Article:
Why would the Center risk inciting violance against Murray, and other individuals it targets as a threat to society?
Many critics have argued that the Center exaggerates the threat posed by extremist groups to stir up liberal donors. Others charge that the attacks on conservative advocacy organizations, like the Family Research Council, are designed to isolate them politically, and thus damage their ability to raise funds. Politico recently investigated these charges in an in-depth look at the Center's operations and tactics here.
These allegations point to another key issue posed by a hate map that effectively delegitimizes those who uphold biblical teaching on marriage.
“Who gets to be part of civil society, and whose views belong on the fringe?” asked one New York Times story, which did not address the Center's work, but charted rising opposition to racism in America, and then equated that trend with the more recent and growing support for gay rights and same-sex marriage.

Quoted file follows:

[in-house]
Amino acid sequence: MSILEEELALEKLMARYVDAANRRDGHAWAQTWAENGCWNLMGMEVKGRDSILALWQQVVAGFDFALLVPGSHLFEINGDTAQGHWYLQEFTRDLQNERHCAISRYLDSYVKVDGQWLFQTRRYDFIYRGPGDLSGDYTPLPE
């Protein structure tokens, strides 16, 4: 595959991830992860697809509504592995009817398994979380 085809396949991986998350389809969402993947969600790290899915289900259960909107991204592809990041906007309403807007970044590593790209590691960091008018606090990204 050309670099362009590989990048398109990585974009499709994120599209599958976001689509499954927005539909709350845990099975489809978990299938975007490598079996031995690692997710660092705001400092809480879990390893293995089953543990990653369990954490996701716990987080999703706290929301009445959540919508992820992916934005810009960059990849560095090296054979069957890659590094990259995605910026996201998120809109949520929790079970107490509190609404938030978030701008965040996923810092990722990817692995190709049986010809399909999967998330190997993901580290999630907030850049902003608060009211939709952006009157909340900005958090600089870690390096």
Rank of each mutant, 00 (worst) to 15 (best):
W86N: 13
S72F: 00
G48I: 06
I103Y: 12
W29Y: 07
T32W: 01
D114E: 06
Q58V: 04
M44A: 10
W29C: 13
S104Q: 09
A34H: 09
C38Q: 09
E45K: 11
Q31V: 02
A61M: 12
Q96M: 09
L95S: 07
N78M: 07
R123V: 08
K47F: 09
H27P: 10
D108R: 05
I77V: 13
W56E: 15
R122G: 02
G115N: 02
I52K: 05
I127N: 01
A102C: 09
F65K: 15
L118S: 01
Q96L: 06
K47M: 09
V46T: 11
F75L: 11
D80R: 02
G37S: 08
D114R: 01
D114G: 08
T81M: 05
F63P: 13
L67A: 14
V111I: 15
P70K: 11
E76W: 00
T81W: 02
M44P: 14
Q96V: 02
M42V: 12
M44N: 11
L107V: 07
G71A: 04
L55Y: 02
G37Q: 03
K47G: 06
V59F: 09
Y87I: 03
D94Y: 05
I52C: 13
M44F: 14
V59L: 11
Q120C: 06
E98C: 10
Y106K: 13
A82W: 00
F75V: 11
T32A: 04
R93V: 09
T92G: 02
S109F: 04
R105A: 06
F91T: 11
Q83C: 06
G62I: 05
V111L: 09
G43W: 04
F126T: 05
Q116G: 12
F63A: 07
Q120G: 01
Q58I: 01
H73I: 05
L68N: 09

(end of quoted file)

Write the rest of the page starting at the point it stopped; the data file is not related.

“The shifts around race and gender similarly reflect not just widening acceptance of equality, but also the rising condemnation of anyone who vocally opposes it,” the Times story explains.
In the immediate aftermath of the lethal violence unleashed in Charlottesville, many Americans were rightly disturbed by President Trump’s belated repudiation of white supremacists. We must condemn racism, and related extremist ideologies by word and deed.
However, any attempt to conflate Christian support for marriage as a union of one man and one woman with white extremists who revere Hitler, must be called out with equal vigor. Not only will it unjustly smear committed religious believers, it may prompt skepticism or even resistance, rather than support for the important fight against white supremacist organizations that recruit alienated young men.
George and Amal Clooney, please reconsider your donation to SPLC. It may well do more harm than good.